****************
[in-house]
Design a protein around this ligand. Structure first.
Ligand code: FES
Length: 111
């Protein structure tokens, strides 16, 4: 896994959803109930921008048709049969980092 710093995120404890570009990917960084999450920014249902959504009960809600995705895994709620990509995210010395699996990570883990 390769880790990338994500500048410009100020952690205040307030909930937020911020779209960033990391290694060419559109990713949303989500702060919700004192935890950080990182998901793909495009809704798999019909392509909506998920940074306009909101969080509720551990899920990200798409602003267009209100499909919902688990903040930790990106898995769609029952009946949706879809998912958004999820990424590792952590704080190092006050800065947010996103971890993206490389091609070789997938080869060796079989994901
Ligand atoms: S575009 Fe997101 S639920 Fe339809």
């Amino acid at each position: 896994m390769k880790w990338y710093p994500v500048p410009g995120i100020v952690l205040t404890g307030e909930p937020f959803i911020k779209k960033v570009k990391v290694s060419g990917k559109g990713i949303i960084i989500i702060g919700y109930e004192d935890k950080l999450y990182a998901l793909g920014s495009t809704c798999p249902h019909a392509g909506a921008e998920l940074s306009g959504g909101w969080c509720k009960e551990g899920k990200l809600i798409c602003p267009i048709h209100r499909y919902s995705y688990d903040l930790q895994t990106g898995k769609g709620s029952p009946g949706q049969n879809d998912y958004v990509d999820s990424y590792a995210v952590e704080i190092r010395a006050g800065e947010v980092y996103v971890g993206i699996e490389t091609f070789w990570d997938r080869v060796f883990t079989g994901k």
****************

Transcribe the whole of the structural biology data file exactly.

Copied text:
[in-house]
Design a protein around this ligand. Structure first.
Ligand code: FES
Length: 111
């Protein structure tokens, strides 16, 4: 896994959803109930921008048709049969980092 710093995120404890570009990917960084999450920014249902959504009960809600995705895994709620990509995210010395699996990570883990 390769880790990338994500500048410009100020952690205040307030909930937020911020779209960033990391290694060419559109990713949303989500702060919700004192935890950080990182998901793909495009809704798999019909392509909506998920940074306009909101969080509720551990899920990200798409602003267009209100499909919902688990903040930790990106898995769609029952009946949706879809998912958004999820990424590792952590704080190092006050800065947010996103971890993206490389091609070789997938080869060796079989994901
Ligand atoms: S575009 Fe997101 S639920 Fe339809």
């Amino acid at each position: 896994m390769k880790w990338y710093p994500v500048p410009g995120i100020v952690l205040t404890g307030e909930p937020f959803i911020k779209k960033v570009k990391v290694s060419g990917k559109g990713i949303i960084i989500i702060g919700y109930e004192d935890k950080l999450y990182a998901l793909g920014s495009t809704c798999p249902h019909a392509g909506a921008e998920l940074s306009g959504g909101w969080c509720k009960e551990g899920k990200l809600i798409c602003p267009i048709h209100r499909y919902s995705y688990d903040l930790q895994t990106g898995k769609g709620s029952p009946g949706q049969n879809d998912y958004v990509d999820s990424y590792a995210v952590e704080i190092r010395a006050g800065e947010v980092y996103v971890g993206i699996e490389t091609f070789w990570d997938r080869v060796f883990t079989g994901k």